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April 6, 2022

Top tips for UK brands looking to reshore production

UK clothing brands are expressing more urgency in their desire to reshore parts of production as the additional costs of Brexit and other tariffs and duties begin to weigh, the UK Fashion and Textile Association (UKFT) has said.

By Hannah Abdulla

In a webinar aimed at informing and advising on the best way to reshore production, Elliot Barlow, UKFT’s manufacturing consultant said brands are starting to examine whether the overall cost of bringing a finished product into the UK outweighs the cost and complexity of having it produced locally.

Barlow said while UK brands have had plans to reshore on the agenda for the last decade, the issue is now more prevalent due to taxes, tariffs, and duties linked to Brexit as there are a lot of additional costs the business needs to bear and those indirect costs are eating away at margins.

Speaking on the webinar this morning (6 April), Barlow added there are several other reasons brands are looking at reshoring production, including greater control over the quality of the finished product; greater visibility of the supply chain, which can have moral and ethical benefits; lowering of carbon footprint as a result of the product having to travel a shorter distance before it reaches the end consumer; and the convenience, flexibility and speed to market producing locally allows.

But, he said, the complexity of reshoring production can vary as with overseas makers, brands are often dealing with an agent or middleman who deals with the various factories.

“UK manufacturing and UK suppliers – the qualities that they can offer – if the price overall is similar, then there is greater opportunity in the UK,” Barlow said. “A lot of brands we talk to are very interested in reshoring but they may been working with international suppliers for a long time and so become very accustomed to working directly with an agent or representative and they may not have the internal skills and capabilities to deal with cut make trim factories and the necessary developmental stages.

“Businesses are interested, but there are some key learnings that need to take place about how to work with UK suppliers.”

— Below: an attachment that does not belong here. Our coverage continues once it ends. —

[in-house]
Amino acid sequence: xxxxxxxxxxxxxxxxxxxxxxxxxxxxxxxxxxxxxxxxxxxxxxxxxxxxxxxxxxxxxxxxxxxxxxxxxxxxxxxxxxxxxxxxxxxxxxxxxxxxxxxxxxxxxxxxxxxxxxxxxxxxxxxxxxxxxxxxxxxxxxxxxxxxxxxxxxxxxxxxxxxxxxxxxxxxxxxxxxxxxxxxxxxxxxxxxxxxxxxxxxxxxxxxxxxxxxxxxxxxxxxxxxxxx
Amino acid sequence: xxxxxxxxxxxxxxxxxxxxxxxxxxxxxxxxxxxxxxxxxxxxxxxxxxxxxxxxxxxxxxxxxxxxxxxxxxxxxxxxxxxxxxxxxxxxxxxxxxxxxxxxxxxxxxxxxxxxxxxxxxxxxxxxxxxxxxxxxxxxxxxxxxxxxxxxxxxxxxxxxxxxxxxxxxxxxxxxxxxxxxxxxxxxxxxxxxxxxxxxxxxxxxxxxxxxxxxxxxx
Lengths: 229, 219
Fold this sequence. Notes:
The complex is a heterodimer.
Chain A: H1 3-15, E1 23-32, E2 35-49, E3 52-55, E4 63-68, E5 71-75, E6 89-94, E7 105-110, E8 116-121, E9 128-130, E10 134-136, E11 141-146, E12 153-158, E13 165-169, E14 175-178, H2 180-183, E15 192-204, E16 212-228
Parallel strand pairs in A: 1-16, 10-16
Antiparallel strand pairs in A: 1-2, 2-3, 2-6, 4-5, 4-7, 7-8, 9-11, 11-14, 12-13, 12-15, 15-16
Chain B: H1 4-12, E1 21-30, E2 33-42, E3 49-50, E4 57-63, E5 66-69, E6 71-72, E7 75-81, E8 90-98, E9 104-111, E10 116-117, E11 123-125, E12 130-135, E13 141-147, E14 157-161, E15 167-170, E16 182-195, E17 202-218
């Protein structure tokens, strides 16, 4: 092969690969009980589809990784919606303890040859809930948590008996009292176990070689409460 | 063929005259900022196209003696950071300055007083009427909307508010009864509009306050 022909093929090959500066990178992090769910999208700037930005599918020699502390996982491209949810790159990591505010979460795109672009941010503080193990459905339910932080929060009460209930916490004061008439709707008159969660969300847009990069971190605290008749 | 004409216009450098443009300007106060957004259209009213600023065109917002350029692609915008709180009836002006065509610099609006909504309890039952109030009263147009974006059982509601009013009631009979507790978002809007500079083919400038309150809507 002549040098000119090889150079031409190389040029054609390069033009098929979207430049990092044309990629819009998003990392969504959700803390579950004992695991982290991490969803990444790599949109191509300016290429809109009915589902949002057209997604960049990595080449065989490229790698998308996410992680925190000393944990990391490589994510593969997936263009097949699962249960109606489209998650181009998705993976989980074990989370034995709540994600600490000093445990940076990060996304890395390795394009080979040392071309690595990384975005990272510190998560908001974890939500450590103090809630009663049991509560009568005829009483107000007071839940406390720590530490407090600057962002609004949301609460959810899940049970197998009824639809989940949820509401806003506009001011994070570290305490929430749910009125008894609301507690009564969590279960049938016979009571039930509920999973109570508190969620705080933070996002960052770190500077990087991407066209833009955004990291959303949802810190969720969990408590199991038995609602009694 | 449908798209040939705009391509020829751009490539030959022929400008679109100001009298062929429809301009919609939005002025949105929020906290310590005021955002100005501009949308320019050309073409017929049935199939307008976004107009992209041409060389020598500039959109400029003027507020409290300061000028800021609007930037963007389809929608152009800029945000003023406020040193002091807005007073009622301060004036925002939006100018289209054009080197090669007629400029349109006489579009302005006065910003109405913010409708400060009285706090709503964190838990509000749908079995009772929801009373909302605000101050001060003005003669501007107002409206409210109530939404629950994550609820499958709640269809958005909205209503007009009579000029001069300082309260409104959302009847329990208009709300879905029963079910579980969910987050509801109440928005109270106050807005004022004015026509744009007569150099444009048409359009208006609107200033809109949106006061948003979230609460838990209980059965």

Some key factors Barlow said must be considered ahead of a plan to reshore some parts or all of the production include:

Does it add value to your products?
“It can be cheaper to source abroad. But the perceived value of UK-produced items is higher. Also, someone making it abroad, in a factory where they are being paid a small amount to do it because they have to, rather than that they want to, can mean it’s being done belligerently which will lessen the value of your items.”

Specialisms
“While one of the benefits of producing in the UK is that the production and shipping stages are fewer which lowers the risk of the supply chain breaking down if something like Covid should occur, one of the benefits of producing overseas is that often factories are able to offer several production services. That may not be the case in the UK. A factory may be a specialist in producing coats, but not necessarily have the know-how for handling silk. Choose each factory based on what they are excellent at.”

Split services
“Avoid putting your eggs in one basket; if the one factory you rely on to do all of your production fails, you risk your product getting to market on time. It may even be that you rely on local producers for seasonal products but rely on overseas, cheaper factories for your core goods where there is no urgency on lead times. This will allow you to boost speed to market.”

Docket size
“Overloading a manufacturer could see them struggle to fulfill your order. Understand the factory’s capabilities and limitations so you are able to set realistic and achievable orders.”

Earlier this year, UK-EU data revealed Brexit to be a lose-lose deal for the apparel industry.

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